Also note that if the proposed refresh-mode: endure option is used, the snap is still free to do whatever it wishes with its own daemon processes. For example, it’d be trivial to call kill -TERM $SOME_PID inside the post-refresh hook, and get the same effect in refreshes of the KillMode=process systemd option.

@sherman Does that sound reasonble?


we’d like “snap install local_snap.snap” to work this way as well.


I agree that this really applies to our specific use case, but falling back to kill mode default is also “altered the termination altogether” because it kills all. IMO snap is making the kill mode stiffer, while systemd is already not fine-grained on this. I didn’t see service kill mode can anyhow negatively impact snapd even if a snap’s orphan process tracking older “$SNAP_DATA” or “$SNAP_COMMON”, and if that orphan is tracking global data like classic confinement, and guarantee to exit at a reasonable time, it’s a safe move.


yes, but the daemon “process” itself cannot be “kill -TERM $SOME_PID” of that “SOME_PID” right? As I understand this proposal, the daemon process, which is spawn from the apps “command”, will never be touched throughout “snap refresh”, nor can it be killed/restarted from post-refresh hook right? Or is there anything I missed out here?


That’s reasonable, and we’ll make sure it does respect the restart settings.

When installing a local snap over an existing one, that’s more of a refresh operation than an install one. We should really clarify that in the API.

Per note above, the issue with changing kill mode altogether is that this affects removals as well. Being a package manager, we want to make sure the machine is as clean of side effects as possible when a remove operation takes place.

That said, I we very much want to handle your use case too, and these are not in conflict.

Here is a proposal extending the original idea above:

        command: ...
        daemon: ...
        refresh-mode: [ endure / restart / sigterm[-all] / sighup[-all] / sigusr1[-all] / sigusr2[-all] ] 

That means, for example, that if the snap defines refresh-mode: sigterm on refreshes and local installs over an existing snap, the main process will receive a SIGTERM signal, which I think is what you want.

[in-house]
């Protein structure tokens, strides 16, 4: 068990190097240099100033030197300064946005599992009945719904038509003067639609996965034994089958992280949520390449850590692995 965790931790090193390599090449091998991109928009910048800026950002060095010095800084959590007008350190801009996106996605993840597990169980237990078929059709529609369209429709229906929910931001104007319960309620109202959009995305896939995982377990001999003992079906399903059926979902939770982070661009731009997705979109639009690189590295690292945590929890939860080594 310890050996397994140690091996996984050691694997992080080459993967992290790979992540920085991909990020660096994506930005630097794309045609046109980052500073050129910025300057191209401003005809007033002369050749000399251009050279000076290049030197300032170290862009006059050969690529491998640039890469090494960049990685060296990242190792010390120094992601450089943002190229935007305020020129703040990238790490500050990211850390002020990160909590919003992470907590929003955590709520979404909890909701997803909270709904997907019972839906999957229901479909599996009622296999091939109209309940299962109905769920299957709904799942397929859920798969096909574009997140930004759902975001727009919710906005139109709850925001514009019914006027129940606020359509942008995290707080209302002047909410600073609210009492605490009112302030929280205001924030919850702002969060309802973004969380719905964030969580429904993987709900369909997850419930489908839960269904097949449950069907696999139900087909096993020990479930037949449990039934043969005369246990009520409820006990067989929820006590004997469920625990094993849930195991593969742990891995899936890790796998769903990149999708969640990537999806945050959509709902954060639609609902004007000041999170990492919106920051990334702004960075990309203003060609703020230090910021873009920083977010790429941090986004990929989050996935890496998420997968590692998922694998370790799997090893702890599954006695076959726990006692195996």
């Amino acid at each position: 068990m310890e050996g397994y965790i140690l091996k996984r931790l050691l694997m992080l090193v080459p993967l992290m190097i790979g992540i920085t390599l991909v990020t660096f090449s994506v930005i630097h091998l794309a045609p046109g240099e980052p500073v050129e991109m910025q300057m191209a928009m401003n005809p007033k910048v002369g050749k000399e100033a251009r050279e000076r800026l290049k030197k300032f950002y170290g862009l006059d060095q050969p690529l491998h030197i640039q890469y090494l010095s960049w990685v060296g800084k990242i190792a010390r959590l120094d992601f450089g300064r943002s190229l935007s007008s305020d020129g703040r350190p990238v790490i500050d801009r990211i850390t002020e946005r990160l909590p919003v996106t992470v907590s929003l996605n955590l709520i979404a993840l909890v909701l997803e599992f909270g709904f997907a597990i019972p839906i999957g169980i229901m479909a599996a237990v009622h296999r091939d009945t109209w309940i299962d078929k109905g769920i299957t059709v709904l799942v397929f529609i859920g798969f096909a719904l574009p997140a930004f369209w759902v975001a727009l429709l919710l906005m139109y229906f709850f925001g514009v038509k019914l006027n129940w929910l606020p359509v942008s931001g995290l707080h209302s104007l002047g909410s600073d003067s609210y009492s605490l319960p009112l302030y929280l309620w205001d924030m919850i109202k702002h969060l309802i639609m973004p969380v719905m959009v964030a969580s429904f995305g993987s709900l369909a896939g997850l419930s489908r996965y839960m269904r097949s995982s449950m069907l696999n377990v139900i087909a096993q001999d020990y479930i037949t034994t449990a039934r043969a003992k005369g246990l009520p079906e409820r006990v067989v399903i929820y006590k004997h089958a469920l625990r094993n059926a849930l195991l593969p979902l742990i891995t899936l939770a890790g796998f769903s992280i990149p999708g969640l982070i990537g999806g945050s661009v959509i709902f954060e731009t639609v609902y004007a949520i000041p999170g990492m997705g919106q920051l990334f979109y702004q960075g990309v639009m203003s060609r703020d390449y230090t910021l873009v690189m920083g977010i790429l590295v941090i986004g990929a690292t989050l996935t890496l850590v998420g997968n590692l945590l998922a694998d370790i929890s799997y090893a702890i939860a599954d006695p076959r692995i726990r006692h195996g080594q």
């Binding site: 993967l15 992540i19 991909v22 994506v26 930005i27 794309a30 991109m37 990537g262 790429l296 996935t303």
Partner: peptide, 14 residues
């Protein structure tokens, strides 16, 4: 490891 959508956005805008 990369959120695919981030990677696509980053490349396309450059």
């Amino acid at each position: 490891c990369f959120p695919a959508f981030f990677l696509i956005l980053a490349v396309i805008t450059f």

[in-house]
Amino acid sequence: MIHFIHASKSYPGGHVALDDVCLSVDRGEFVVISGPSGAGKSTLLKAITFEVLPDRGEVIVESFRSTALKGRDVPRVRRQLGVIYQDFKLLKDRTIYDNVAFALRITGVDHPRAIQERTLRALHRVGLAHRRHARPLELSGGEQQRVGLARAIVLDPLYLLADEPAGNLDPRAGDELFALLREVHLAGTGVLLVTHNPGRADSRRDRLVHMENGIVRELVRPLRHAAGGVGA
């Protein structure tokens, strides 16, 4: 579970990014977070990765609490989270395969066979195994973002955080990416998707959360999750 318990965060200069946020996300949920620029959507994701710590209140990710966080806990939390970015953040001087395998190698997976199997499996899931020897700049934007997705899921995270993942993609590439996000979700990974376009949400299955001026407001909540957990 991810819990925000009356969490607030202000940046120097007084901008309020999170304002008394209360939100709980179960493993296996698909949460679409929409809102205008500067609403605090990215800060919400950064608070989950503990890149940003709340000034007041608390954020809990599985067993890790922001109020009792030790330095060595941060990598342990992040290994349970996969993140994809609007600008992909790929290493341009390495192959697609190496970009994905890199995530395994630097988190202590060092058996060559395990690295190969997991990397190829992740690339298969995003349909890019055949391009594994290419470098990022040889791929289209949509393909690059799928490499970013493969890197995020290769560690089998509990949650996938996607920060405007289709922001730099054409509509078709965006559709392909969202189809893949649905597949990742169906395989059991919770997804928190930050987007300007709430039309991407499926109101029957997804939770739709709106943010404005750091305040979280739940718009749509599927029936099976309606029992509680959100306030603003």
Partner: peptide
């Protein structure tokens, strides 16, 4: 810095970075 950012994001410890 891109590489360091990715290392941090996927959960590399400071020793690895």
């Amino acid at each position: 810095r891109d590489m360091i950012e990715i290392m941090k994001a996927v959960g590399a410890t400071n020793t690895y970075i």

Does that address your needs?


yes, exactly, that’ll make the behavior identical to our existing systemd processes


Fantastic, thanks for confirming. We’ll implement it and ping you again once we have something ready for testing, if that’s okay. Expect something early next week the latest.


@sherman Sorry for the lack of feedback here. This feature has been in edge for a while, and ready for testing. The design is per the discussion above, so refresh-mode: sigterm is supposed to do what you want.

Please let us know how it goes.


Thank you for the changes made. I wanted to confirm if there is any change that would be needed to be made in the config for this to work?


Hi Meonia,

The only configuration change necessary to activate the behavior is adding the refresh-mode field under the desired daemon stanza in snapcraft.yaml.

There’s a small problem here which is that snapcraft itself doesn’t yet understand the new option, so it will complain when attempting to package it.

The upcoming release should have it, but meanwhile there is a simple way to test it: after running snapcraft, change the file meta/snap.yaml file inside the prime directory that is created. That file looks a lot like snapcraft.yaml since many of the options are just passthrough into this file, so it should look familiar.

After adding the new option in the daemon, there are two simple ways to test it:

  1. Create the snap with: snap pack prime . # The . is the target dir
  2. Use snap try prime, and snapd will “install” the prime directory into the system as if it was an actual snap; that’s a very convenient way to experiment with changes before the snap is final, but note that changes to snap.yaml require running the command again

If you run into any issues, we’re happy to assist. We can also help you testing that change in our end as well, if you hand us the snap and describe which daemon should receive the new option and what behavior you expect.

Please let us know how it goes.


Here is the latest version of the process lifecycle work we have in 2.32.5:

We support for each snap app that is a daemon:

  • refresh-mode: {endure,restart} which controls if the app should be restarted at all
  • stop-mode: {sigterm,sigterm-all,sighub,sighub-all,sigusr1,sigusr1-all,sigusr2,sigusr2-all} which controls how the daemon should be stopped. The given signal is send to the main PID (when used without -all) or to all PIDs in the process group when the -all suffix is used.

So you you just want to restart your daemon but keep all the children alive you can just use “stop-mode: sigterm”.

Handling restart signal
The snapd roadmap